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China’s animal feed demand to rebound by 8% in 2020

The latest global update on African swine fever (ASF) from Rabobank says China’s hog feed consumption will likely bottom out in the first half of 2020, while poultry feed consumption will continue to grow.

Group Of Pig Eating Food In Traditional Piglet Farm
themorningglory | Bigstock.com

Rabobank report says the country’s hog feed consumption will bottom out in the first half of 2020, while poultry feed consumption will grow

China’s total animal feed demand will rebound by 8% in 2020, according to a report from Rabobank.

The latest global update on African swine fever (ASF) from Rabobank says China’s hog feed consumption will likely bottom out in the first half of 2020, while poultry feed consumption will continue to grow. China’s hog feed is expected to rebound by 5% year over year in 2020. In a previous report, Rabobank said hog feed consumption will fall by 40% in 2019.

Due to increased poultry consumption as a substitute for pork, Rabobank said consumption of poultry feed and other feed will see even higher growth rates in 2020.

Soybean meal and feed corn usage

Soybean meal usage is estimated to decline by 6% in 2019, despite a 17% drop in total feed demand, based on a higher inclusion ratio.

The outcome of trade talks between the U.S. and China will affect soybean meal and feed corn usage. If a trade deal is reached, China’s soybean meal usage could rebound, while feed corn will be partially substituted by imported U.S. sorghum and dried distillers grains with solubles (DDGS). If the two countries do not reach a trade deal, Chinese feed mills could continue using local feed corn in feed rations, cutting soybean meal use.

If the inclusion ratio remains high in 2020, China’s soybean meal usage could rebound by 8%, but if the inclusion ratio returns to low levels, another year of decline is likely.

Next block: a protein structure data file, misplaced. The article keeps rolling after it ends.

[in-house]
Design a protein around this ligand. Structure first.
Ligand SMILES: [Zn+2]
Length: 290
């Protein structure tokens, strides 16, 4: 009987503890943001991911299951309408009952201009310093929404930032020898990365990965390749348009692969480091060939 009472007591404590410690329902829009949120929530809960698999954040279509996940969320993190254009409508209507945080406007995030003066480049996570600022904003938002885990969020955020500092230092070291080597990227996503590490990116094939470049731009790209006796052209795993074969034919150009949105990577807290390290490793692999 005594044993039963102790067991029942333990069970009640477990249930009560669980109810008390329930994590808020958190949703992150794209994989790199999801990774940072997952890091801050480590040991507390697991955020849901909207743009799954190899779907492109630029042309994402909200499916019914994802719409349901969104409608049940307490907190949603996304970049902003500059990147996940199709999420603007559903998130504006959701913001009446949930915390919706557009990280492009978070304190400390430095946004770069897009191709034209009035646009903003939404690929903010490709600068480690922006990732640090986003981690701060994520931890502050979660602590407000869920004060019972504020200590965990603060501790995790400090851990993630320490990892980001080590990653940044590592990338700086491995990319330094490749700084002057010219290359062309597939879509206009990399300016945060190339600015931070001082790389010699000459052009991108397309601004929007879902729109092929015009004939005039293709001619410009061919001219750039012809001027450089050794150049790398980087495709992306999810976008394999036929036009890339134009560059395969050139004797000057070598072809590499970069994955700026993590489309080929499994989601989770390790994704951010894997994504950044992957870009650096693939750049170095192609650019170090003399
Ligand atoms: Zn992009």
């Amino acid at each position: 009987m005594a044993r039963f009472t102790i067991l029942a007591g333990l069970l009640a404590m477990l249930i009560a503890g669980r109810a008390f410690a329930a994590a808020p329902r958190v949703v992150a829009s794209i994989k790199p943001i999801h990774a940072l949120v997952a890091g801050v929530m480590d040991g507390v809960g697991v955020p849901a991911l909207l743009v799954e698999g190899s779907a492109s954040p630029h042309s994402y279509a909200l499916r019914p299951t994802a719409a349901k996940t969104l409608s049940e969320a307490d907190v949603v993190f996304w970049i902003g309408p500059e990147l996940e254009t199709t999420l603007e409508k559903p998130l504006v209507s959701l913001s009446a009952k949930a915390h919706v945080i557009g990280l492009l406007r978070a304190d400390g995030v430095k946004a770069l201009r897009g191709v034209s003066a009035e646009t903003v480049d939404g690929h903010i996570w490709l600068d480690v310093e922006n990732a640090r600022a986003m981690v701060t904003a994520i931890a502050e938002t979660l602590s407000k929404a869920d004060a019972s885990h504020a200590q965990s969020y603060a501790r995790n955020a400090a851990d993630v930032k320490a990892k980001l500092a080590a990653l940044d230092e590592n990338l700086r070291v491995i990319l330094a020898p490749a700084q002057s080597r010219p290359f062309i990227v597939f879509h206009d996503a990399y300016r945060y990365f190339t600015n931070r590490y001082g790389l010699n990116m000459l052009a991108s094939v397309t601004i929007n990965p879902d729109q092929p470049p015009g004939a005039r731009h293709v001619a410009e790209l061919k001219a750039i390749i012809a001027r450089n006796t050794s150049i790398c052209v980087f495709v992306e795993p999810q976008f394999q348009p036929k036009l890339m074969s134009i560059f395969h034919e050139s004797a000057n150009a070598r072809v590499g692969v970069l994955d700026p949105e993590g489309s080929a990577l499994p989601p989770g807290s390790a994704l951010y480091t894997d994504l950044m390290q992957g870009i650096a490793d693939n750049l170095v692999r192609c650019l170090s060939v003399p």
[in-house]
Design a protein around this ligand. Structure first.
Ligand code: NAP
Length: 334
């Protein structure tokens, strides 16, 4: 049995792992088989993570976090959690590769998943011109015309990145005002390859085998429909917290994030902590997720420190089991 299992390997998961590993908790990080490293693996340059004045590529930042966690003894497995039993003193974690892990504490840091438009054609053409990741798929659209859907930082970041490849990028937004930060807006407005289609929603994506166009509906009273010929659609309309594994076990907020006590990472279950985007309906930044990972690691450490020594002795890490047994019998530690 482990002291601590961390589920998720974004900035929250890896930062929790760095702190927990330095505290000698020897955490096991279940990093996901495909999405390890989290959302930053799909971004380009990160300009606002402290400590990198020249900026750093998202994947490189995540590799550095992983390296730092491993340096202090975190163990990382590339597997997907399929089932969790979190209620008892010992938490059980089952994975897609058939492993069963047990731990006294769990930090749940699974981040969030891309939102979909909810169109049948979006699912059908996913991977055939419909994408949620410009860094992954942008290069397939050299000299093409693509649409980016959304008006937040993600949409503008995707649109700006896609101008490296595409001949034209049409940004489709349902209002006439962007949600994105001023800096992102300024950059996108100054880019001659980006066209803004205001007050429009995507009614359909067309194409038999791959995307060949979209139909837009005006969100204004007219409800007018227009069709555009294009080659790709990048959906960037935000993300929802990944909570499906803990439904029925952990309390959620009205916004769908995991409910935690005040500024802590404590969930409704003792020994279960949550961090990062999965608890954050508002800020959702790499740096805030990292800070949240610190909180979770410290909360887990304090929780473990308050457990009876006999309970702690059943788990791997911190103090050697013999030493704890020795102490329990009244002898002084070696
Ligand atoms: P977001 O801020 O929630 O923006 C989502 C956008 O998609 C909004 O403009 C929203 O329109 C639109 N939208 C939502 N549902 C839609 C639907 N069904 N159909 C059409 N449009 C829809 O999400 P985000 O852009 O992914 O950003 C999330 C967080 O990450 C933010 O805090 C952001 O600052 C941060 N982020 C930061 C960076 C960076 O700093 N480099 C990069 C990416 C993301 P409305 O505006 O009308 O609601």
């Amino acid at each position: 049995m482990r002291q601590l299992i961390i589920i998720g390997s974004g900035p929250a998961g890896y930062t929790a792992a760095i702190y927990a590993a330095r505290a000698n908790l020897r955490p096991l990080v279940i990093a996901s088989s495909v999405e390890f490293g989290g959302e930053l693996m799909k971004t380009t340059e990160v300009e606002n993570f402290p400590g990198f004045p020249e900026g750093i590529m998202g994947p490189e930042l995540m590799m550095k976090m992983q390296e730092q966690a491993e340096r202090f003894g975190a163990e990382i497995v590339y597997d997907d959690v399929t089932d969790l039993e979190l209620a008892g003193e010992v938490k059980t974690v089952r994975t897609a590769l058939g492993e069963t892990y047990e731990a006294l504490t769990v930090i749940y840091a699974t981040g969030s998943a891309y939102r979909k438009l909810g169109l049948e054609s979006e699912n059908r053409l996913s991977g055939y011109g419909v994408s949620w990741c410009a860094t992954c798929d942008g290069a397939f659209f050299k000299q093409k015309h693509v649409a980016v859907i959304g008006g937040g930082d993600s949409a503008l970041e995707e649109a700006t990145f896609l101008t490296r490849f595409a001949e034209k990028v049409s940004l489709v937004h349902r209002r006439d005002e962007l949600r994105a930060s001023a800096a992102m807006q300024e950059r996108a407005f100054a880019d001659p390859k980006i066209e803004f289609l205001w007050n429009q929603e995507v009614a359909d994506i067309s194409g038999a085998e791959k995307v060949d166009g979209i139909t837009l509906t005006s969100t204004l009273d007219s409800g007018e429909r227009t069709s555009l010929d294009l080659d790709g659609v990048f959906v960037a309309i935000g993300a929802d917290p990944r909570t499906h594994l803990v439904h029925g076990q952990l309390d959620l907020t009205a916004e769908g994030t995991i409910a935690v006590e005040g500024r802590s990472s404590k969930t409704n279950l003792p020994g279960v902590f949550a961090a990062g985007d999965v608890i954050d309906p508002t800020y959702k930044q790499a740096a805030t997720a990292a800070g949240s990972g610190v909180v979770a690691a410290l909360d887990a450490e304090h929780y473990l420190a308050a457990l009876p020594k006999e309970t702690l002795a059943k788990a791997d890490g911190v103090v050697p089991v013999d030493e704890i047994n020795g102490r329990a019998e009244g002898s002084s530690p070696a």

Pig herd loss, meat output drop

Rabobank said China’s pig herd loss is expected to be 55% in 2019, with the sow herd seeing a larger decline.

“The scale of the decline in China in 2019 is unprecedented, and it will lead to even lower production in 2020,” the report said.

Further declines are expected in the first half of 2020, with restocking likely in the second half. The pace of herd loss will slow in 2020 due to reduced farm numbers and increased biosecurity. The best-case scenario, the report said, is that the herd will be slightly larger at the end of 2020 than at the beginning, by 8%.

The number of hogs available for slaughter is expected to decline greatly in 2020, and China’s pork meat supply is expected to fall by 15% in 2020, compared with 2019.

Situation in Vietnam, Philippines

In the best-case scenario, Rabobank said Vietnam’s and the Philippines’ hog feed consumption will decrease by 7.9% and 8.4%, respectively, in 2020.

As a result of protein substitution in these countries, total consumption growth of poultry and aquafeed in Vietnam and the Philippines will be 5.4% and 2.1%, respectively, in 2020. Overall, total animal feed consumption in Vietnam and the Philippines will decrease by 2.1% and 4.3%, respectively, in 2020.

Vietnam’s corn and soybean meal demand is expected to decrease by 3.4% and 1.9%, respectively, in 2020. Corn and soybean meal demand for animal feed in the Philippines is expected to decrease by 4% and 3.9%, respectively, in 2020.

Vietnam’s imports of corn and soybean meal for animal feed are expected to decrease by 4.7% and 5.1%, respectively, in 2020. Imports of soybeans for animal feed production, however, are expected to increase by 6.1%, due to increasing demand from additional soybean crushing capacity. The Philippines’ imports of soybean meal for animal feed are expected to decrease by 3.2% in 2020.

View our continuing coverage of the African swine fever outbreak.

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